Solar Terrestrial Activity Report

Last major update issued on May 10, 2005 at 03:40 UTC.

[Solar and geomagnetic data - last month (updated daily)]
[Solar wind and electron fluence charts (updated daily)]
[Solar cycles 21-23 (last update May 6, 2005)]
[Solar cycles 1-20]
[Graphical comparison of cycles 21, 22 and 23 (last update May 6, 2005)]
[Graphical comparison of cycles 2, 10, 13, 17, 20 and 23 (last update May 6, 2005)]
[Historical solar and geomagnetic data charts 1954-2004 (last update February 1, 2005)]
[Archived reports (last update May 2, 2005)]

Recent activity

The geomagnetic field was quiet to active on May 9. Solar wind speed ranged between 502 and 704 km/sec. During the latter half of the day the high speed stream from CH163 gradually replaced the recent CME as the main solar wind factor.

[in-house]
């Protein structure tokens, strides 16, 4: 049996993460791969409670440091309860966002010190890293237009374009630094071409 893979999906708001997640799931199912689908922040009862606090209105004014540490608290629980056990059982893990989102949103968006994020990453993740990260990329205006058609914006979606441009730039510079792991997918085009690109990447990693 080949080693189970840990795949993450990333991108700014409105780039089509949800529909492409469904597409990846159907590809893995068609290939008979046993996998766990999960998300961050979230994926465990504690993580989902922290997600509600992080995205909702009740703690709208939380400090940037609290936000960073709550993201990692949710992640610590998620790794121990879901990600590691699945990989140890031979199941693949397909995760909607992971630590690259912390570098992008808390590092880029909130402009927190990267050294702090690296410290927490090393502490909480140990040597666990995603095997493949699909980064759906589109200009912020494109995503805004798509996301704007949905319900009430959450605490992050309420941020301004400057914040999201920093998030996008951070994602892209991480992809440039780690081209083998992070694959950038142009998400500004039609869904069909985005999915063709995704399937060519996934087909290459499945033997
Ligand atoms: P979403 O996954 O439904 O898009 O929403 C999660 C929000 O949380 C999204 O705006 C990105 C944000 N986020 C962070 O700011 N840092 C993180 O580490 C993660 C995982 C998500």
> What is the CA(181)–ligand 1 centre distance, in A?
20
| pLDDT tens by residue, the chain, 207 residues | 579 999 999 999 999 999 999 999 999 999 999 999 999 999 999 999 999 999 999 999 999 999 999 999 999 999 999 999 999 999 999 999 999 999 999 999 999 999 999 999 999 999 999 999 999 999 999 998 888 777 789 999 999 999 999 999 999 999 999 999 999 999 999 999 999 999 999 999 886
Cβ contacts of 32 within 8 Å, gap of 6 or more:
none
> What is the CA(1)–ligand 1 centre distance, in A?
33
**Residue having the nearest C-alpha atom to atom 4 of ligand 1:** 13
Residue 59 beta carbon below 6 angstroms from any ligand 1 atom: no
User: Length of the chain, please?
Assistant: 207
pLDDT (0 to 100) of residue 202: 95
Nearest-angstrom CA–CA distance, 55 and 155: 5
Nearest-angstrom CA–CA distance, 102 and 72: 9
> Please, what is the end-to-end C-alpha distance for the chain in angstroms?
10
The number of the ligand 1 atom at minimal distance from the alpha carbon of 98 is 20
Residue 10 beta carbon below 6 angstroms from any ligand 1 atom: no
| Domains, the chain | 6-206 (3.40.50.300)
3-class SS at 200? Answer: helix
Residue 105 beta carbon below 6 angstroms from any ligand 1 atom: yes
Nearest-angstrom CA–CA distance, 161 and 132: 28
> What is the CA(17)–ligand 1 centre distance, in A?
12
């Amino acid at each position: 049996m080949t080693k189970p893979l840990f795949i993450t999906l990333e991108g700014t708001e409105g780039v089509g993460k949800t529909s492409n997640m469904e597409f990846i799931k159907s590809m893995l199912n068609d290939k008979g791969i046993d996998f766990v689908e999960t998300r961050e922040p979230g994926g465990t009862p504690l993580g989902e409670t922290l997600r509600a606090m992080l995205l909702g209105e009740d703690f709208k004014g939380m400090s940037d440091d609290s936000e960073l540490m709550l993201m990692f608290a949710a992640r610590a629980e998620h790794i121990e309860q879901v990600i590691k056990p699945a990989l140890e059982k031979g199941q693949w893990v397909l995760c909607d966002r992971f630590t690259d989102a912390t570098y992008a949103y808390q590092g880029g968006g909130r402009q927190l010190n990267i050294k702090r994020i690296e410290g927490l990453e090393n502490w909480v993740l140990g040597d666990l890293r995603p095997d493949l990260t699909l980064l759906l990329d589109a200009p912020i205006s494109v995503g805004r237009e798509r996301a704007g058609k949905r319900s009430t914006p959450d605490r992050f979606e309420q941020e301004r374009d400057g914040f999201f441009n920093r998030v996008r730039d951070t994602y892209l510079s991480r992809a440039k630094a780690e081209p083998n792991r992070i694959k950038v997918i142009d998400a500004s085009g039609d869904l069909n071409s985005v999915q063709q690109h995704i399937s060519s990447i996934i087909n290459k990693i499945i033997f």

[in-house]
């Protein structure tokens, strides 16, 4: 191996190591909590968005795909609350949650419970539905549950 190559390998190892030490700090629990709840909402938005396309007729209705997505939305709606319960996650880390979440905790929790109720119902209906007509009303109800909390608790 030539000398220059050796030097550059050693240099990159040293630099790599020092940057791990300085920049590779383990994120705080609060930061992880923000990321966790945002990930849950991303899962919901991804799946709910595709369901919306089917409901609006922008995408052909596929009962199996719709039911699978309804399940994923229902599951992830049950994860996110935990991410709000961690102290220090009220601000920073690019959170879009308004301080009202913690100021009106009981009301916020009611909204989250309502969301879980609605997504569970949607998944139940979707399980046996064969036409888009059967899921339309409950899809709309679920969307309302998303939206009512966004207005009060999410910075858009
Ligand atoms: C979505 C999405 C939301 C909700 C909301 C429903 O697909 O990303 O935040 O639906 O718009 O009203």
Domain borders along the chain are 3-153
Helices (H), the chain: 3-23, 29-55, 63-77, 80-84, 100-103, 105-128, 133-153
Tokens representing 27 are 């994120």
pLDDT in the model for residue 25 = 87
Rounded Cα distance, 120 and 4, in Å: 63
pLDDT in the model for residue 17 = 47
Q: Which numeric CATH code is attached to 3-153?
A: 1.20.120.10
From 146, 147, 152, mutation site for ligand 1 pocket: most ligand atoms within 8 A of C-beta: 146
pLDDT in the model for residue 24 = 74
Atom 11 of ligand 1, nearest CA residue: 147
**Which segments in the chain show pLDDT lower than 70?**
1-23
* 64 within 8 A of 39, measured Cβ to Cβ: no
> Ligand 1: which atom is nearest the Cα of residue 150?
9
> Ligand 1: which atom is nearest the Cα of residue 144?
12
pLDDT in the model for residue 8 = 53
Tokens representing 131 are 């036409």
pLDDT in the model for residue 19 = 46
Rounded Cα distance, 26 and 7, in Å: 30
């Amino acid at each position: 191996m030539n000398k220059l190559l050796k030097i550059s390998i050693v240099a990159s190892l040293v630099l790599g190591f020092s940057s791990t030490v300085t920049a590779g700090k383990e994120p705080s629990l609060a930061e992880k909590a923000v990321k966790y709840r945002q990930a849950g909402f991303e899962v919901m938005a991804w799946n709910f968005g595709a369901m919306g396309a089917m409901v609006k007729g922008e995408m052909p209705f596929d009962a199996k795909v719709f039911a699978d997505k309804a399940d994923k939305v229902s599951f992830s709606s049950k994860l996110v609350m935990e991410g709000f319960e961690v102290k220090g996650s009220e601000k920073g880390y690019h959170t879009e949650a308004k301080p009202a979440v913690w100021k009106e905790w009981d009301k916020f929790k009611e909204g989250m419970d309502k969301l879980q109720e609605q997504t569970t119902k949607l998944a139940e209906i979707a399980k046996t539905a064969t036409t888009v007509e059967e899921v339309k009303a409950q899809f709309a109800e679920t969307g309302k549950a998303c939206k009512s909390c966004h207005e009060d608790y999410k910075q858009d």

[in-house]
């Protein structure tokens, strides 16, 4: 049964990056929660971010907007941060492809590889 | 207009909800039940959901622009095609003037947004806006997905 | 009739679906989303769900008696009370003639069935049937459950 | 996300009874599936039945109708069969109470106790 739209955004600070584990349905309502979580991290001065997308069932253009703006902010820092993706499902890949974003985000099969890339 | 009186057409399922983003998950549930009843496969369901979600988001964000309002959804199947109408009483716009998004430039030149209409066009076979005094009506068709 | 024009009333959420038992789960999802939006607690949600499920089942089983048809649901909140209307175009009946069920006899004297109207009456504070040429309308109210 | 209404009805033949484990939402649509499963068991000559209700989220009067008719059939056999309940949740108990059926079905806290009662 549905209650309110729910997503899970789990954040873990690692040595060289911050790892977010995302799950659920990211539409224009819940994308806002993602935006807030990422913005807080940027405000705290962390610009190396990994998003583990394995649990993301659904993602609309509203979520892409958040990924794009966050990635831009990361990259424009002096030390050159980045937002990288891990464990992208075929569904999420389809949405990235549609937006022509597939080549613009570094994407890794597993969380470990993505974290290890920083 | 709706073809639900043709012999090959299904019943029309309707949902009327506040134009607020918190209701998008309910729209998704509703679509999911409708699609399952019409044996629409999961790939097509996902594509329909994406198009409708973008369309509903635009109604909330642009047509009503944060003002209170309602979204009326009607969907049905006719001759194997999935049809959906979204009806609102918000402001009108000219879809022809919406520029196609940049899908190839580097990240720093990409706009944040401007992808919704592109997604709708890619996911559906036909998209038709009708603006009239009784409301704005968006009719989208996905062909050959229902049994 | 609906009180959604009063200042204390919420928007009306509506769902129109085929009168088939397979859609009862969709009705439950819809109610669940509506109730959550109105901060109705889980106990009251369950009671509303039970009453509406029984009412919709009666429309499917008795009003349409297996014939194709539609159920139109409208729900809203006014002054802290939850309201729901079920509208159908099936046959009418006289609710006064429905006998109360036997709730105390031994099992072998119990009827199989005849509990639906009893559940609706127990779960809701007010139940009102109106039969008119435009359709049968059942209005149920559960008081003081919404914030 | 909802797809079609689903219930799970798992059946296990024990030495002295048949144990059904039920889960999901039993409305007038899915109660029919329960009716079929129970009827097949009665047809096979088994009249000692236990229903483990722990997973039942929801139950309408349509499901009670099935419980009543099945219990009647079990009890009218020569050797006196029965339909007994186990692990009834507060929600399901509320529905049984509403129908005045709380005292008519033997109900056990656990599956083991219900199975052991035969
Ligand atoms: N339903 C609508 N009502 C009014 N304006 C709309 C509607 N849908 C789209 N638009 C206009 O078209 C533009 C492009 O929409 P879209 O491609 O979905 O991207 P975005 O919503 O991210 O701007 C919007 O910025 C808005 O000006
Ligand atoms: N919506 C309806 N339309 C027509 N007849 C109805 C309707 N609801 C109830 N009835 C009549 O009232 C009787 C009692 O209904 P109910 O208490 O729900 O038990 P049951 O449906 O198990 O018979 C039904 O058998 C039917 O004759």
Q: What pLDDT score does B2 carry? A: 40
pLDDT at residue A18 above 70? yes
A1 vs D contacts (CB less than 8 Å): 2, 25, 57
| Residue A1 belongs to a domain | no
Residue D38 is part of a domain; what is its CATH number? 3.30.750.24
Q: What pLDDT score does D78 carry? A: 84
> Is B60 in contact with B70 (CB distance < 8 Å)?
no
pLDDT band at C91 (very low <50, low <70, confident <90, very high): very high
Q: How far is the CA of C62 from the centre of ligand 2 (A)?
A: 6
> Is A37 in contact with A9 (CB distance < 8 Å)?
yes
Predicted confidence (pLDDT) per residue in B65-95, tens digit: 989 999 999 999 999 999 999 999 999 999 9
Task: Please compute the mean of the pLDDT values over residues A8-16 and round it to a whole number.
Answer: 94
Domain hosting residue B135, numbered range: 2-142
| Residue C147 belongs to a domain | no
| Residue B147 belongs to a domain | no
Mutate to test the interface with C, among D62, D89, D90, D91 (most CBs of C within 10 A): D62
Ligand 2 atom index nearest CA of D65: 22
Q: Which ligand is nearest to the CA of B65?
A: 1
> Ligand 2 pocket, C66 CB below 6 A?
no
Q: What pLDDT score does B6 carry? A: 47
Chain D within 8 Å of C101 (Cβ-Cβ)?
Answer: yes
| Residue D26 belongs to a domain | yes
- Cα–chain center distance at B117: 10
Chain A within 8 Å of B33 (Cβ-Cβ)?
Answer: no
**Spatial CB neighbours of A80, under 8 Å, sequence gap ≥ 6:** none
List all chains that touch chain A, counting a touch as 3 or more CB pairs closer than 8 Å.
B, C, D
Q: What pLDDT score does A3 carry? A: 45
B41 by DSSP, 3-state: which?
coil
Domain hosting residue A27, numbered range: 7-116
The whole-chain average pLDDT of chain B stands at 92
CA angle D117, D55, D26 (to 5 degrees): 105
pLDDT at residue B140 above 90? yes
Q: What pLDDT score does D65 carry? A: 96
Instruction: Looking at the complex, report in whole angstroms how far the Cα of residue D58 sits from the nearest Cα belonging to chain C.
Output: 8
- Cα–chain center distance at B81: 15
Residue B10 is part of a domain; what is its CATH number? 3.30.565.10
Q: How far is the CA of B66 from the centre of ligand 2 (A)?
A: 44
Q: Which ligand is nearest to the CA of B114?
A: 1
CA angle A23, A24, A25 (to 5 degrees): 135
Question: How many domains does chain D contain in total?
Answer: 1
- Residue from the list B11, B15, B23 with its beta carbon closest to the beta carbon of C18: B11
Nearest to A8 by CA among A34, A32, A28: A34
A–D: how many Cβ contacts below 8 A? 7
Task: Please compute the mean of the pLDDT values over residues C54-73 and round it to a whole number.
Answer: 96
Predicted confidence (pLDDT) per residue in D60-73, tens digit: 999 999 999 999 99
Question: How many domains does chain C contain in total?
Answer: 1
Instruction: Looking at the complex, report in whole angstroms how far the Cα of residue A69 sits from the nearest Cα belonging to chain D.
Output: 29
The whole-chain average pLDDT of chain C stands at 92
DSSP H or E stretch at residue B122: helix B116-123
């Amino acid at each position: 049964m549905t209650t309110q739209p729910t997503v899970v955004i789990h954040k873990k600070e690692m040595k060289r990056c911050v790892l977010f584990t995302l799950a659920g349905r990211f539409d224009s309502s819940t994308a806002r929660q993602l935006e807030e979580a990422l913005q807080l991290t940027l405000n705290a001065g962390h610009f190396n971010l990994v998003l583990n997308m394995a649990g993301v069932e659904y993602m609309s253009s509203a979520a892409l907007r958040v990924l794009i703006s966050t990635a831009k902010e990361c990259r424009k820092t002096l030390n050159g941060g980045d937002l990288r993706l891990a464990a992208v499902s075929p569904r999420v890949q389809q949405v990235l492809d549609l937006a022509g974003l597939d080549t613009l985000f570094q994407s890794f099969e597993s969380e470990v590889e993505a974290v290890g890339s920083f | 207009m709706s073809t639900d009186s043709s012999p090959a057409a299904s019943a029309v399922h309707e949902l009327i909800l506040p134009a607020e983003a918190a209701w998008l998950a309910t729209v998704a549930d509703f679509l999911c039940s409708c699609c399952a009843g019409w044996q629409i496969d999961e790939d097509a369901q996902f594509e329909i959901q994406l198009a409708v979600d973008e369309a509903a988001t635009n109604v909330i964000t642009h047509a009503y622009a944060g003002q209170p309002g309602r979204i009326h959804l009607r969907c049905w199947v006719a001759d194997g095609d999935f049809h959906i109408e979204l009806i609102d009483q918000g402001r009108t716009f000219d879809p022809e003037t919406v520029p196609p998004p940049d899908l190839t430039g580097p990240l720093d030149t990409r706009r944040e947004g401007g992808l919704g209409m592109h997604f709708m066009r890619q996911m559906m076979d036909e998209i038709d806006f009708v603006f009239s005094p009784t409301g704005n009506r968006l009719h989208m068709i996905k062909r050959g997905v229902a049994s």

Solar flux measured at 20h UTC on 2.8 GHz was 110.0. The planetary A index was 11 (STAR Ap - based on the mean of three hour interval ap indices: 11.4).
Three hour interval K indices: 33111234 (planetary), 33122223 (Boulder).

The background x-ray flux is at the class B7 level.

At midnight there were 5 spotted regions on the visible solar disk. The solar flare activity level was low. A total of 9 C class events was recorded during the day.

Region 10758 lost quite a few spots as the leading and intermediate spot sections became more compact and added penumbral area. There's a weak magnetic delta structure in the southeastern part of the largest intermediate penumbra. An M class flare is possible. Flares: C2.8 at 03:37, C1.4 at 10:08, C8.9 at  11:03, C5.6 at 11:46, C2.5 at 12:31 and C1.8 at 12:43 UTC.